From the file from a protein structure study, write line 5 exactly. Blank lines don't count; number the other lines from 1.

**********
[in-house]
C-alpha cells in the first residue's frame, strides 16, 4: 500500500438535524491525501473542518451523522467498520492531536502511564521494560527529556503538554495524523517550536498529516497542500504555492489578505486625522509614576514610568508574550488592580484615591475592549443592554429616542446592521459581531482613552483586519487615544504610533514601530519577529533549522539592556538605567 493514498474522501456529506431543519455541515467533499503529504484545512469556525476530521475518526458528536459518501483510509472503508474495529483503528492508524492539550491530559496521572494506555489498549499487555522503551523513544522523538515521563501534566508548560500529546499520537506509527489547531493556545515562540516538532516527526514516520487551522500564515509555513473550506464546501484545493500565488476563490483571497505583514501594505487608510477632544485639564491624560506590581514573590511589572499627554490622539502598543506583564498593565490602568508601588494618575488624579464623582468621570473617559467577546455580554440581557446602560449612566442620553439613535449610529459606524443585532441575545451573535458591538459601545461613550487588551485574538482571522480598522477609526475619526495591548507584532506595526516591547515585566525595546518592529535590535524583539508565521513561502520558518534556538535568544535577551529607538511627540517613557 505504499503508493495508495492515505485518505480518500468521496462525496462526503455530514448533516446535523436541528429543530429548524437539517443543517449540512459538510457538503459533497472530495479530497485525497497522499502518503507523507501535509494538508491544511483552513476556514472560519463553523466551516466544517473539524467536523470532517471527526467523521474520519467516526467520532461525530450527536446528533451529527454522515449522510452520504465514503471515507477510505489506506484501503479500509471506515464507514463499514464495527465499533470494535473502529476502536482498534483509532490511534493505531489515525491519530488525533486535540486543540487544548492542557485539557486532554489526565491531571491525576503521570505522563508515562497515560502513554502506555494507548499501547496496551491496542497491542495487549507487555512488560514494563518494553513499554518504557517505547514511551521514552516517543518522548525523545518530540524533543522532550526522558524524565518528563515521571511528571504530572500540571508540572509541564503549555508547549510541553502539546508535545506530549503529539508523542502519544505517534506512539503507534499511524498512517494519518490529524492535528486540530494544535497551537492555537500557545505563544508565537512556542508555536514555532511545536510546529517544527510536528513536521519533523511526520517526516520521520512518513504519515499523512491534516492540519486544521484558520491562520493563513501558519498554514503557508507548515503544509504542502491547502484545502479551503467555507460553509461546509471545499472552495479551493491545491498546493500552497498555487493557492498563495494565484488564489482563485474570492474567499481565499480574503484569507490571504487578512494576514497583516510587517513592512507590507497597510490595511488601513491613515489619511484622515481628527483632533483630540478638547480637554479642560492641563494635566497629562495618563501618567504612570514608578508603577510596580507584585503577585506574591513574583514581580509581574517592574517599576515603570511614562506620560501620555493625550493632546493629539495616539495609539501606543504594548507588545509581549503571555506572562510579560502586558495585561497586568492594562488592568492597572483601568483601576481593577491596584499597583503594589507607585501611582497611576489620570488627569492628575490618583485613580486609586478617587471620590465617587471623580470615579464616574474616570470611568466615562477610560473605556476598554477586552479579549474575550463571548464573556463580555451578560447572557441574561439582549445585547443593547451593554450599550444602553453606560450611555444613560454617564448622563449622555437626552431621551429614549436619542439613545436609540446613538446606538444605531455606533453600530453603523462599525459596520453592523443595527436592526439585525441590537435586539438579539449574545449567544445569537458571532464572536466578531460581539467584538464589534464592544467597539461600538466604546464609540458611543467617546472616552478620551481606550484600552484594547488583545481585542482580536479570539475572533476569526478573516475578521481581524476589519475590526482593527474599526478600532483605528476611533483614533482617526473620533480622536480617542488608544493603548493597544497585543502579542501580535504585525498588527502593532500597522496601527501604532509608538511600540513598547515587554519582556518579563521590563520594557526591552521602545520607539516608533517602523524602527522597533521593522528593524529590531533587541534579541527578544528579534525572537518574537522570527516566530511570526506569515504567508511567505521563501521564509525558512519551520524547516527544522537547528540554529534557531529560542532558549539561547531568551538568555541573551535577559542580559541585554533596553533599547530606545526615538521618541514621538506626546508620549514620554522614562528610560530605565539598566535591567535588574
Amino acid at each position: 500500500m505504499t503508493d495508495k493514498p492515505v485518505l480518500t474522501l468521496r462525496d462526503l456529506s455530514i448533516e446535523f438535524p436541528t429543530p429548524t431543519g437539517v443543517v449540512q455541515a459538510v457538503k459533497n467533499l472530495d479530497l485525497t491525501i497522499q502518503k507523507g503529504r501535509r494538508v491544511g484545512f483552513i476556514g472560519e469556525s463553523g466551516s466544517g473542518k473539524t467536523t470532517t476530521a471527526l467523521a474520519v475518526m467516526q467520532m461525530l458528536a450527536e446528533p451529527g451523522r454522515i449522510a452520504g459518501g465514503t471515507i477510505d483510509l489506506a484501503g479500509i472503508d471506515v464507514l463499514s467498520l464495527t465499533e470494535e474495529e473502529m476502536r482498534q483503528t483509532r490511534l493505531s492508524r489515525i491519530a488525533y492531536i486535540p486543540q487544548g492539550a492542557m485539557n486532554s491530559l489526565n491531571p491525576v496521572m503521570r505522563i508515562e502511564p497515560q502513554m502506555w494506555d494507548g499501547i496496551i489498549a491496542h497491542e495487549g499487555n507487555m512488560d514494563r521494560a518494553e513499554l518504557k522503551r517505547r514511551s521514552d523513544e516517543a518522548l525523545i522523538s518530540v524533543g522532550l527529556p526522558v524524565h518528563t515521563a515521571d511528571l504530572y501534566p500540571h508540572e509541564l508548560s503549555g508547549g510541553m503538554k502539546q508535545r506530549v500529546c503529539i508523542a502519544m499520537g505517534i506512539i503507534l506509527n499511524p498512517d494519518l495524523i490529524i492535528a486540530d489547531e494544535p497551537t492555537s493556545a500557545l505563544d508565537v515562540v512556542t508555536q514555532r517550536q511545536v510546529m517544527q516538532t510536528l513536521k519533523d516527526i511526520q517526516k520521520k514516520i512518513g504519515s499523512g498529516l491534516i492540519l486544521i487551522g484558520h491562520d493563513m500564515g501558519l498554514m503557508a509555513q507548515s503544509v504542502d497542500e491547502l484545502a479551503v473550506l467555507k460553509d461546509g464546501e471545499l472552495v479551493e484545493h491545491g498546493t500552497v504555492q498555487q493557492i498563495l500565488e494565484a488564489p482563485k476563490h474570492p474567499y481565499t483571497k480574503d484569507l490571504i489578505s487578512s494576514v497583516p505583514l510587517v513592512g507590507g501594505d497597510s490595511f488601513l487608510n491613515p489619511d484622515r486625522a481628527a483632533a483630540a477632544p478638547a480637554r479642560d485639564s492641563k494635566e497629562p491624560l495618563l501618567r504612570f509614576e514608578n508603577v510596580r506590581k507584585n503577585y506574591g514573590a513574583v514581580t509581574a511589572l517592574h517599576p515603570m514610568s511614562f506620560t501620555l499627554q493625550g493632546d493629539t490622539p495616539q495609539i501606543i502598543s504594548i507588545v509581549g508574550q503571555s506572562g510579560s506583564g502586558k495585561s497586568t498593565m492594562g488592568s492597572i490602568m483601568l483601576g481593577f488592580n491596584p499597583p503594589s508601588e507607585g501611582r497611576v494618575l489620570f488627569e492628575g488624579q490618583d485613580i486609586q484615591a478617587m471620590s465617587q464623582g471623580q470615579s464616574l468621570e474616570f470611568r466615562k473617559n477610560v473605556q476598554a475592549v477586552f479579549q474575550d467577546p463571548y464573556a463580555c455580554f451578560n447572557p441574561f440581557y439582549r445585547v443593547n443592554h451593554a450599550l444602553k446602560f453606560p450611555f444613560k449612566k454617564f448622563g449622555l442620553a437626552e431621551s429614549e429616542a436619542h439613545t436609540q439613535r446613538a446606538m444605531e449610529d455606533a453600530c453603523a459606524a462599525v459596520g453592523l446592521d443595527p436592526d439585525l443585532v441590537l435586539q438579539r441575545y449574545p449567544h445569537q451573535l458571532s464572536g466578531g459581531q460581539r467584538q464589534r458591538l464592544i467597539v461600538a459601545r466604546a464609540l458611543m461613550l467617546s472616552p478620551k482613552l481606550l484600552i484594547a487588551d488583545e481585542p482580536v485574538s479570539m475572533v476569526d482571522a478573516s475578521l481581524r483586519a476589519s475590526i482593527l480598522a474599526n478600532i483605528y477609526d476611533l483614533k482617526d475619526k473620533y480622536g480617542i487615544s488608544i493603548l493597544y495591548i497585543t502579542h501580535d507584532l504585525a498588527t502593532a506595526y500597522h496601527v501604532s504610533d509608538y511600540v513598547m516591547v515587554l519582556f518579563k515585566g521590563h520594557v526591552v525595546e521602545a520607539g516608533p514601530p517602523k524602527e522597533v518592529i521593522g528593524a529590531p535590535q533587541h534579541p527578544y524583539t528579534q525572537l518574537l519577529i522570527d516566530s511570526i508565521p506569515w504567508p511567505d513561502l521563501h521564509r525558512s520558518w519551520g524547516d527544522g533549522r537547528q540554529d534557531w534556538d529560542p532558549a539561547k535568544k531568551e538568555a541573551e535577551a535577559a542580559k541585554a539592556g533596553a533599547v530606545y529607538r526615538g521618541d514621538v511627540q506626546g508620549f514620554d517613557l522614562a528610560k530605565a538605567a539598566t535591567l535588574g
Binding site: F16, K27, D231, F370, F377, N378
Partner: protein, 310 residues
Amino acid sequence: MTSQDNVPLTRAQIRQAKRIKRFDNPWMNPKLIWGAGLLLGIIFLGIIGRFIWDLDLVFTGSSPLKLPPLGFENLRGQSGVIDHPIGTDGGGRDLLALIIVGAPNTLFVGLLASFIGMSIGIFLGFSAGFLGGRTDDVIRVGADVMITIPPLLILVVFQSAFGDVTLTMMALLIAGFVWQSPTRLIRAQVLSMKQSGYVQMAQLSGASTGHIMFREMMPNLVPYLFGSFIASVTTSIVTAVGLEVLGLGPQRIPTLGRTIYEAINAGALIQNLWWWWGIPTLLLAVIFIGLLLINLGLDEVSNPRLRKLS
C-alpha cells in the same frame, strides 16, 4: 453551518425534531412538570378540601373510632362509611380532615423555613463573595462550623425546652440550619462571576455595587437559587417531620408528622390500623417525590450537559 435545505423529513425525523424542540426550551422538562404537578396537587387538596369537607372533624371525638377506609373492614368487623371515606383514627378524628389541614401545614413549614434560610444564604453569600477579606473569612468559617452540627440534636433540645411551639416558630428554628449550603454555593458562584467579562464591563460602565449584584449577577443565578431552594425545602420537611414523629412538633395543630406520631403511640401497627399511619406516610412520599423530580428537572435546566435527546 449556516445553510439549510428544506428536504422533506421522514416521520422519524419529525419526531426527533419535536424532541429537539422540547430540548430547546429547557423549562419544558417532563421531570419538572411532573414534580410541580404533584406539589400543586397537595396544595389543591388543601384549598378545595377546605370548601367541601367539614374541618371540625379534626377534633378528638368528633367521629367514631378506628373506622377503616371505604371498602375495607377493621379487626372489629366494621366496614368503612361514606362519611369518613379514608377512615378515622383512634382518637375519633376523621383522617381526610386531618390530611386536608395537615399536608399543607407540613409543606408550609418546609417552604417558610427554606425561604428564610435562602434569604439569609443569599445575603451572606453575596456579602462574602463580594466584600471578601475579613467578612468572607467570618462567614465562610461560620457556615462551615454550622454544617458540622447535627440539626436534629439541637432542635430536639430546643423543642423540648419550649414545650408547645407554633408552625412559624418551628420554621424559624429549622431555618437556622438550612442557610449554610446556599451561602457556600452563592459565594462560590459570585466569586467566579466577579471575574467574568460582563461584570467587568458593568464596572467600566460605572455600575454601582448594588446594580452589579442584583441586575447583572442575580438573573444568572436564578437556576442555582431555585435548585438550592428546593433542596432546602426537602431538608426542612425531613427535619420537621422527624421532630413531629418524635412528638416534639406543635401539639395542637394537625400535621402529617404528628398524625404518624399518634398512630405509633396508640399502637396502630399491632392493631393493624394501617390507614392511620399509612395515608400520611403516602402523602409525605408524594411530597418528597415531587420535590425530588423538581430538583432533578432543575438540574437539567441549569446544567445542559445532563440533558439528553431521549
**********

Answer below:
Partner: protein, 310 residues